05:32 AH: Yeah, there’s quite a few, actually. You’ll see people being called professors of public engagement, for example, professors of science communication. We also have the term outreach, which is used quite a lot, although that tends to be used more for sort of schools-based activities, actually, but all of these things overlap. And yeah, we’re seeing increasingly that sort of position within science departments, because partly, I think, everyone’s seen the value of doing this sort of work and of acting as a bridge between science that a particular university is producing or a particular group is producing and the rest of the world, if you like. But also, of course, within research, there’s an increasing pressure, I think, on scientists to produce work with impact. We’re being told we’ve got to do impactful research. And part of that is having some sort of outreach, some sort of spread and reach and sort of influence in terms of what we do. And I think that’s where science communication can help. It can help to get your work out there.
06:29 AH: It can help to have people aware of it. So we are increasingly seeing people taking this more seriously. There’s a number of Master’s courses now, postgraduate courses in the United Kingdom that look specifically at science communication. And we’re seeing lots more roles actually for, not just scientist communicators, which I suppose is what I am because I do the science and I communicate it, but also for just freelance science communicators, people going around festivals, schools, huge appetite, actually, for people that can come in and do cool science, the sort of stuff that makes school kids go, “Actually, you know what? Science is pretty cool.” Well, schools can get science communicators in, so we’re seeing now more and more courses that are looking to train people with the sorts of skills that can be applied to that.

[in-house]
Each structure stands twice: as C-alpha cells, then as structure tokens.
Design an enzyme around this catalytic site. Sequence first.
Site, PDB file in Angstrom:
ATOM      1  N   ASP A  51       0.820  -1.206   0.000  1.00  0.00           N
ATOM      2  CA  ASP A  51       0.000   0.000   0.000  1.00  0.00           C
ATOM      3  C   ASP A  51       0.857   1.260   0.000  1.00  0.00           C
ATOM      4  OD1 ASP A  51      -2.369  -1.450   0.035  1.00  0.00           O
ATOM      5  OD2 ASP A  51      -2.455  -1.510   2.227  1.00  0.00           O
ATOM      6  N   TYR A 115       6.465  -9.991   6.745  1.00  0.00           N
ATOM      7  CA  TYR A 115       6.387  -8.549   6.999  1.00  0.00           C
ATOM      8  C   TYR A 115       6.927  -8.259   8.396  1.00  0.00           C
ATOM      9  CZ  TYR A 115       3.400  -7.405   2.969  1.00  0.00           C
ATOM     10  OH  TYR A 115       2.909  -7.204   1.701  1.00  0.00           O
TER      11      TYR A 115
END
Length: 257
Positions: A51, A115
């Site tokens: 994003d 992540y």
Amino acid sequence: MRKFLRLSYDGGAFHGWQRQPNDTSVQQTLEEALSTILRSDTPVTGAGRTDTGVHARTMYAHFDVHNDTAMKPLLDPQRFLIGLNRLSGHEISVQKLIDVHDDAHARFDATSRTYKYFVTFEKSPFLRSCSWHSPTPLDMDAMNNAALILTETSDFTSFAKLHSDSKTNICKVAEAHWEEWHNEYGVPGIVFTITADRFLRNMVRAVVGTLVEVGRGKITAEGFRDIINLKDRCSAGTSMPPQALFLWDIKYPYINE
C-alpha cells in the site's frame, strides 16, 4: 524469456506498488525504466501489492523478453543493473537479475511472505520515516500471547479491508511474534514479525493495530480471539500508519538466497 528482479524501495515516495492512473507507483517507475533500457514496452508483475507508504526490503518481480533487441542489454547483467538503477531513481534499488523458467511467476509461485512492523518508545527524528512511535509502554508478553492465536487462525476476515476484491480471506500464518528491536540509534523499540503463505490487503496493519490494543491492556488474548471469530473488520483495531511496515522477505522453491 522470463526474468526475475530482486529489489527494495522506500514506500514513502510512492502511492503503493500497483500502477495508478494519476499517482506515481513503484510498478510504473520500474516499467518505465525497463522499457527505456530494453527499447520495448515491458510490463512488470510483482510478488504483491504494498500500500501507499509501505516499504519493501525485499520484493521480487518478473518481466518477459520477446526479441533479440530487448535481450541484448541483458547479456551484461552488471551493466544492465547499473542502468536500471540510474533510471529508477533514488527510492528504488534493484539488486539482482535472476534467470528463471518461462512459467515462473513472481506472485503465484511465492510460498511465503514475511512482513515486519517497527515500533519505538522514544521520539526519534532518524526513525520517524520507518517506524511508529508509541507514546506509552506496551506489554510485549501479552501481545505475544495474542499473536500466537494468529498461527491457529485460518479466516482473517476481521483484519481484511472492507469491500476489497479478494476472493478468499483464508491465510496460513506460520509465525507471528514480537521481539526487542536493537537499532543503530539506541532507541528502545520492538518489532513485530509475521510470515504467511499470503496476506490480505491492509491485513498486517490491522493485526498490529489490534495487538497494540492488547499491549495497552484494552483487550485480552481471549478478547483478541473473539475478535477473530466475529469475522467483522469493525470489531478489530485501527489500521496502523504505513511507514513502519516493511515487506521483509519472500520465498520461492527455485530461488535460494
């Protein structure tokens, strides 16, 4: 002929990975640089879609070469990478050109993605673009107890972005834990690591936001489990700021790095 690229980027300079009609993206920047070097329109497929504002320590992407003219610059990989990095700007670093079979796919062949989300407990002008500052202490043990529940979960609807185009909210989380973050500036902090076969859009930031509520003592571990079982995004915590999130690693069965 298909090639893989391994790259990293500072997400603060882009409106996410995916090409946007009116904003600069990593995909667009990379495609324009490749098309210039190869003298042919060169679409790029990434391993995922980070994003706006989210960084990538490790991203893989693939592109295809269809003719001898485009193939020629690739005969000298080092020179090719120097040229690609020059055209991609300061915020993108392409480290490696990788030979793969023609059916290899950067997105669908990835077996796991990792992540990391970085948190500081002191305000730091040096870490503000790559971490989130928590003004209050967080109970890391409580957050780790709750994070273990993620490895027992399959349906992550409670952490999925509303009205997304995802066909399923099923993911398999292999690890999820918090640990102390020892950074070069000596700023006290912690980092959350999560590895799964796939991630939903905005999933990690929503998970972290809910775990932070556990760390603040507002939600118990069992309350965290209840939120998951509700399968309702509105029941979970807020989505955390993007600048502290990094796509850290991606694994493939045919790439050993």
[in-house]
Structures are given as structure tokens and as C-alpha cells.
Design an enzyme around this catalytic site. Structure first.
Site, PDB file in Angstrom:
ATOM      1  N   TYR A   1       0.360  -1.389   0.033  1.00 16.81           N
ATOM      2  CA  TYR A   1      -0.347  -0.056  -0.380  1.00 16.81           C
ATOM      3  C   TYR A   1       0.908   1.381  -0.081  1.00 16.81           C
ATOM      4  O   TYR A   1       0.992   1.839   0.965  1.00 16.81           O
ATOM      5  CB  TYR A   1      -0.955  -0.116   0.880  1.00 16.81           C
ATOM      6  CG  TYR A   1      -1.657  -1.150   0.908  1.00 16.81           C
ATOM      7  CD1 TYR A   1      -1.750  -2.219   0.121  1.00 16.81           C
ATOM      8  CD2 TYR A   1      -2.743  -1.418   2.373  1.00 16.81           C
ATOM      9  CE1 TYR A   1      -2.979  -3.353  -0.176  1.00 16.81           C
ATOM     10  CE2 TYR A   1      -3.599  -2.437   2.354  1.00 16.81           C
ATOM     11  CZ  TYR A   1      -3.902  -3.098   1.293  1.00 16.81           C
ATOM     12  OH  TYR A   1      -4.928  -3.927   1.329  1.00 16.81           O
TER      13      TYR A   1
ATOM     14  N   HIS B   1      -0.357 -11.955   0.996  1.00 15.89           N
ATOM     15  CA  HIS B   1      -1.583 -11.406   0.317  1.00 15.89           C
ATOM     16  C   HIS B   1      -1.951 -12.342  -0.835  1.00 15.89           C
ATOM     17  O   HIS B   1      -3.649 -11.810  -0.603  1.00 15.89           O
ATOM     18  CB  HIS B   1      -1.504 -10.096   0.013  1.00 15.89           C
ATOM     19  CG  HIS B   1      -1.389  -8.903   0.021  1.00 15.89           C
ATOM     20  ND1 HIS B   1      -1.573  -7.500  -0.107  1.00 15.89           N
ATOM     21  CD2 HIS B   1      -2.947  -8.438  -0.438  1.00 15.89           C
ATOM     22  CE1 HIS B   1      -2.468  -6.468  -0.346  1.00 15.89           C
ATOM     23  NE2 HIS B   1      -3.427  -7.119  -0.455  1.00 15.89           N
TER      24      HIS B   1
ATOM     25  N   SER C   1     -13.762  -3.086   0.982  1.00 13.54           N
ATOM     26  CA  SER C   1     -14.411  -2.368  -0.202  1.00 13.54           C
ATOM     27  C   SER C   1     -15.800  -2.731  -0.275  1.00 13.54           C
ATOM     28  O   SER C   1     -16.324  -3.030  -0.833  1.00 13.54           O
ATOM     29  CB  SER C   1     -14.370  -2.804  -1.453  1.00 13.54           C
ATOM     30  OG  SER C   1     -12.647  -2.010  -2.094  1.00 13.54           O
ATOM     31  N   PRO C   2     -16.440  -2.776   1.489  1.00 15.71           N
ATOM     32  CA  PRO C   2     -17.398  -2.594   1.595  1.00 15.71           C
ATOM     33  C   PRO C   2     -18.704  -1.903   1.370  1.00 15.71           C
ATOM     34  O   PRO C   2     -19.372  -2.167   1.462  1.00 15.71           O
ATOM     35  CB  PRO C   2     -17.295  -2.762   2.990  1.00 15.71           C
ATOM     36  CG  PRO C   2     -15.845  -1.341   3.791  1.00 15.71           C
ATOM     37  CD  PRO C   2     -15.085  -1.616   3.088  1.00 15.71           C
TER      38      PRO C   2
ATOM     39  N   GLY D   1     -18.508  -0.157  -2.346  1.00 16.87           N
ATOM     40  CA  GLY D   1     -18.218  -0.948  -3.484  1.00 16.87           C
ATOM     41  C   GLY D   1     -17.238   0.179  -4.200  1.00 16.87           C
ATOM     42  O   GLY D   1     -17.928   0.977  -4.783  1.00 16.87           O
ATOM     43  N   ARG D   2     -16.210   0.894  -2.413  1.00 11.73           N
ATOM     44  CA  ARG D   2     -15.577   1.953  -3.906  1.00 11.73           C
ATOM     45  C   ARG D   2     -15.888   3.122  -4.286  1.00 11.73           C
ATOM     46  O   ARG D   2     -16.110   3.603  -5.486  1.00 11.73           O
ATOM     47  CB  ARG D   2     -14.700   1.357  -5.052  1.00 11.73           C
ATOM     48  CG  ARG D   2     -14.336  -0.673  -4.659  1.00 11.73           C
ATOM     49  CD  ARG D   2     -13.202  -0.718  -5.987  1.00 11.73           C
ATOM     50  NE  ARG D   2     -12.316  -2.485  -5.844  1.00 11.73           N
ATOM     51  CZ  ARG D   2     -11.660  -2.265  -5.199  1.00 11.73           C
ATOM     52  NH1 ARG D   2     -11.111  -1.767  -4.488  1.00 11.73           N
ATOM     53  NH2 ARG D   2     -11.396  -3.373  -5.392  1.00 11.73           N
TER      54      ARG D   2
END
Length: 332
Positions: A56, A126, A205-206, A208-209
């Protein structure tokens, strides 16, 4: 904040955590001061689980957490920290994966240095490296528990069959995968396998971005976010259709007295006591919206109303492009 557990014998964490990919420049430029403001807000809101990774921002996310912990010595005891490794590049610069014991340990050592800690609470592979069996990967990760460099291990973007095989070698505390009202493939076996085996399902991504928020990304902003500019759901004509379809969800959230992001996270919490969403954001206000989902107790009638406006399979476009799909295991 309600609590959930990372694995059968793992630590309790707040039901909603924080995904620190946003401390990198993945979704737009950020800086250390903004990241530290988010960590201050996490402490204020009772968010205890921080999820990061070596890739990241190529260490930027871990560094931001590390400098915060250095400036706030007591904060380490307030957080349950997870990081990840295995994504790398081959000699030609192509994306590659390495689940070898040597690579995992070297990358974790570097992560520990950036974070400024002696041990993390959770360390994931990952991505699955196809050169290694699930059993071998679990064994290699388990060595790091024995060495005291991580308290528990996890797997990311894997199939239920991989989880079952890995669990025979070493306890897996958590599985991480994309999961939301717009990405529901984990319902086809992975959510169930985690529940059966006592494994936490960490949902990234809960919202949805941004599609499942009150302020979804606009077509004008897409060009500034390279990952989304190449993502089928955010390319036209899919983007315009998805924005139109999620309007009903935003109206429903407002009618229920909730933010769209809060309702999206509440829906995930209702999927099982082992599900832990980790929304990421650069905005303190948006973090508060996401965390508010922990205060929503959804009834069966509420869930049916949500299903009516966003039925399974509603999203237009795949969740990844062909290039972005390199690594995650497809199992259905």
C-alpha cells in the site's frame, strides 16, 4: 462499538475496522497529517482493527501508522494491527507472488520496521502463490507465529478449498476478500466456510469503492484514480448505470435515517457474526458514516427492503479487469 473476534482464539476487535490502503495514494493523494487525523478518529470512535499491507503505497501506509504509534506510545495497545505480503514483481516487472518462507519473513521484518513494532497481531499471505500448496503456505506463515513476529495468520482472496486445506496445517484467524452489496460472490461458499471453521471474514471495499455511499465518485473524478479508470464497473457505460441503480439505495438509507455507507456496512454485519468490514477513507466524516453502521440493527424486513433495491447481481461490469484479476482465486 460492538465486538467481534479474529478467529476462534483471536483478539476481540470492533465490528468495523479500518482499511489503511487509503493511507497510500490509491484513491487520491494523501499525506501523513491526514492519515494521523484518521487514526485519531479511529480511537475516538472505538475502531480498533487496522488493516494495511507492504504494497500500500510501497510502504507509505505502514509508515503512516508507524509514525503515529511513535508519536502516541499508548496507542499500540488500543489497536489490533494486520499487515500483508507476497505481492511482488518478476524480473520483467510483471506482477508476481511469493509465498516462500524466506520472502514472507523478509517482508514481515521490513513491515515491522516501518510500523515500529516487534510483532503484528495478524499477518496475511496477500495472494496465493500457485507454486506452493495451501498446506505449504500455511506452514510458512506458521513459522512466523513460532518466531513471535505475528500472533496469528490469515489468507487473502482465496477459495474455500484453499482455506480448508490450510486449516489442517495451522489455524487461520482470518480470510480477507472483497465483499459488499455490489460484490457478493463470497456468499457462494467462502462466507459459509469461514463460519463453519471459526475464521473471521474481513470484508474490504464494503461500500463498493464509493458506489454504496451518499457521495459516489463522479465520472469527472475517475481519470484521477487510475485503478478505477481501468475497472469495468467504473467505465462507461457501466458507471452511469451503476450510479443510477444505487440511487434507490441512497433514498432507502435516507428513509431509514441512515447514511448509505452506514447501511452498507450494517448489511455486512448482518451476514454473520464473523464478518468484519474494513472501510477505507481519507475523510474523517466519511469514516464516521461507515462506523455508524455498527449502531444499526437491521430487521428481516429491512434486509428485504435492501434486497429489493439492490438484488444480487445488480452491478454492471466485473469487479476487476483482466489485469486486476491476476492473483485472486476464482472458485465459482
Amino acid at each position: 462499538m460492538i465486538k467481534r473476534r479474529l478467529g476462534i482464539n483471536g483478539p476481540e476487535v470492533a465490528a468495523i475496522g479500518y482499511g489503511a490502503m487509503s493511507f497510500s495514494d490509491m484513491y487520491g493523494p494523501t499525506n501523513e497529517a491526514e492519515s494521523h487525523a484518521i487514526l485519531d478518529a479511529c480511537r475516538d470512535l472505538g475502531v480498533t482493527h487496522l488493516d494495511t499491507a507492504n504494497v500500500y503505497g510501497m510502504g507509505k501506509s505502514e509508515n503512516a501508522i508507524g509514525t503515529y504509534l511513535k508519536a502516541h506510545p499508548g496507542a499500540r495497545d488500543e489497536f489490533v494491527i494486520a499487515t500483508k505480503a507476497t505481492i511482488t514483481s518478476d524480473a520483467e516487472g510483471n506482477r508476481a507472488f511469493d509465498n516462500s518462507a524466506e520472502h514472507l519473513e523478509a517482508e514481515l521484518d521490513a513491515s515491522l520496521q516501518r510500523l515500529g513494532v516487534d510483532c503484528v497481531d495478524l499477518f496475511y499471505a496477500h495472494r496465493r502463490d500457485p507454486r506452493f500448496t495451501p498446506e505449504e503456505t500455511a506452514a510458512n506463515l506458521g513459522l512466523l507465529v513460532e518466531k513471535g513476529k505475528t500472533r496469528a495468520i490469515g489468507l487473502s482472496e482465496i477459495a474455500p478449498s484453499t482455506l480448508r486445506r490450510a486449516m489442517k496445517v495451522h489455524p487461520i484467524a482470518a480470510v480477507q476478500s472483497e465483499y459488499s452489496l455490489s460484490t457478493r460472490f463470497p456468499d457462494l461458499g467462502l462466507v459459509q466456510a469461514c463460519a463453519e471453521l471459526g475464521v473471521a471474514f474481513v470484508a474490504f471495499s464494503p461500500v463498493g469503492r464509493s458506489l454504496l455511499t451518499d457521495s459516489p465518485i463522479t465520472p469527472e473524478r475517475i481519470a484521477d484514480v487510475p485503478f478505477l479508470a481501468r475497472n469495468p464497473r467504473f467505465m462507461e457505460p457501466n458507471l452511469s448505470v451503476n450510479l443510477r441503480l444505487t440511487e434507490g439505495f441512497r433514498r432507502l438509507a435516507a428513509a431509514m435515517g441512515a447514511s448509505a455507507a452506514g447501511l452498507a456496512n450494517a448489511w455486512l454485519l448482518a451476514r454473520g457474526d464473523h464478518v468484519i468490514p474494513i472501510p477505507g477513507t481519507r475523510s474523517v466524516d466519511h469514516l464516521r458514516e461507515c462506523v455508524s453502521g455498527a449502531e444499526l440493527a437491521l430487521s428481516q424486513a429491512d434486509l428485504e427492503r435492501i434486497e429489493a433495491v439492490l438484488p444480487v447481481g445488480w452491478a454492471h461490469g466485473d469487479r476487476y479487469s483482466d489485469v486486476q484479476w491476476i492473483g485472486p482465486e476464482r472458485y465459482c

07:16 JM: That’s fascinating. So how did you personally get involved in this sort of profession, this subset of other professors that are doing research?
07:24 AH: Well, it’s a sort of serendipitous story, really. I was working in a lab in Sheffield, and there was a French guy there. He had done this fabulous research on the world’s largest ant, Dinoponera quadriceps, massive, great big thing, beautiful looking ant. And they live in fairly small colonies, about 30 or 40 of them sometimes. And they happen to have the most amazing social structure. It’s like watching Game of Thrones, basically, watching these ants. They’re falling over each other constantly. There’s a little group of them, a little hierarchy that are always challenging the reproductive breeder and trying to take over and she’s always punishing them. And it’s just this bizarre sort of thing going on. And he’d done a really good bit of work looking at a particular aspect of their biology that the press loved. It was because the queen, if you like, the reproductive in here, was able to mark… If one of the other ants overstepped the mark a little bit, and sort of tried to take over, she would mark them with this very special pheromone that’s only used for this job, and that would cause the other ants to kill this sort of pretender.